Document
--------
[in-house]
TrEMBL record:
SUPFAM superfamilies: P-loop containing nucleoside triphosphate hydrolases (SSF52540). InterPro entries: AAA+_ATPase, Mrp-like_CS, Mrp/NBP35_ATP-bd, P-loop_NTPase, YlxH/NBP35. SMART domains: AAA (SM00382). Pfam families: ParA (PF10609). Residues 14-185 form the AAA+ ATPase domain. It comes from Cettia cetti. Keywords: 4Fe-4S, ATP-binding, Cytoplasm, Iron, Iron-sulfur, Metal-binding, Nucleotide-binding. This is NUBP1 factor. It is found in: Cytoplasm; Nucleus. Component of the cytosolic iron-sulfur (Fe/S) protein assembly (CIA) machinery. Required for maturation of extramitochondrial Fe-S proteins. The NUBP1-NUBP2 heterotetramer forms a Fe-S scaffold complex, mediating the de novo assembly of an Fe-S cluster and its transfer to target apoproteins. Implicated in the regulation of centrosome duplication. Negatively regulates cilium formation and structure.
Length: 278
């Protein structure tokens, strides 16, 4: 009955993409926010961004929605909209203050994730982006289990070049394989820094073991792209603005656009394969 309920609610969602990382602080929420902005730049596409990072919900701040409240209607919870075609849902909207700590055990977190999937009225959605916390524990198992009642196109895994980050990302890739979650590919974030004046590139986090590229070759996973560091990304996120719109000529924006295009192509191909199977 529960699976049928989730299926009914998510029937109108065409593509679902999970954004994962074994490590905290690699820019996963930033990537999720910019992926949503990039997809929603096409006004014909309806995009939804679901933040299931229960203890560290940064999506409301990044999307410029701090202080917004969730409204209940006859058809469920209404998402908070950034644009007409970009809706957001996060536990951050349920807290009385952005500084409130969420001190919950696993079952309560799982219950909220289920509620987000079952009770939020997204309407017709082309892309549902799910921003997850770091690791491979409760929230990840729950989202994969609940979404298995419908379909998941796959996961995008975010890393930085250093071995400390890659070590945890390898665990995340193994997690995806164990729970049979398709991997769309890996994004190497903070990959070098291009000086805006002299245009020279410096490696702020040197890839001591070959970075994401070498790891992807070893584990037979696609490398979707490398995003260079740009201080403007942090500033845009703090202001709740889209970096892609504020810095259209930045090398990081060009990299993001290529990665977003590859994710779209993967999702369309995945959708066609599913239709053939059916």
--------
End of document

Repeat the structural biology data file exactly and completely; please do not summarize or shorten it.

[in-house]
TrEMBL record:
SUPFAM superfamilies: P-loop containing nucleoside triphosphate hydrolases (SSF52540). InterPro entries: AAA+_ATPase, Mrp-like_CS, Mrp/NBP35_ATP-bd, P-loop_NTPase, YlxH/NBP35. SMART domains: AAA (SM00382). Pfam families: ParA (PF10609). Residues 14-185 form the AAA+ ATPase domain. It comes from Cettia cetti. Keywords: 4Fe-4S, ATP-binding, Cytoplasm, Iron, Iron-sulfur, Metal-binding, Nucleotide-binding. This is NUBP1 factor. It is found in: Cytoplasm; Nucleus. Component of the cytosolic iron-sulfur (Fe/S) protein assembly (CIA) machinery. Required for maturation of extramitochondrial Fe-S proteins. The NUBP1-NUBP2 heterotetramer forms a Fe-S scaffold complex, mediating the de novo assembly of an Fe-S cluster and its transfer to target apoproteins. Implicated in the regulation of centrosome duplication. Negatively regulates cilium formation and structure.
Length: 278
């Protein structure tokens, strides 16, 4: 009955993409926010961004929605909209203050994730982006289990070049394989820094073991792209603005656009394969 309920609610969602990382602080929420902005730049596409990072919900701040409240209607919870075609849902909207700590055990977190999937009225959605916390524990198992009642196109895994980050990302890739979650590919974030004046590139986090590229070759996973560091990304996120719109000529924006295009192509191909199977 529960699976049928989730299926009914998510029937109108065409593509679902999970954004994962074994490590905290690699820019996963930033990537999720910019992926949503990039997809929603096409006004014909309806995009939804679901933040299931229960203890560290940064999506409301990044999307410029701090202080917004969730409204209940006859058809469920209404998402908070950034644009007409970009809706957001996060536990951050349920807290009385952005500084409130969420001190919950696993079952309560799982219950909220289920509620987000079952009770939020997204309407017709082309892309549902799910921003997850770091690791491979409760929230990840729950989202994969609940979404298995419908379909998941796959996961995008975010890393930085250093071995400390890659070590945890390898665990995340193994997690995806164990729970049979398709991997769309890996994004190497903070990959070098291009000086805006002299245009020279410096490696702020040197890839001591070959970075994401070498790891992807070893584990037979696609490398979707490398995003260079740009201080403007942090500033845009703090202001709740889209970096892609504020810095259209930045090398990081060009990299993001290529990665977003590859994710779209993967999702369309995945959708066609599913239709053939059916």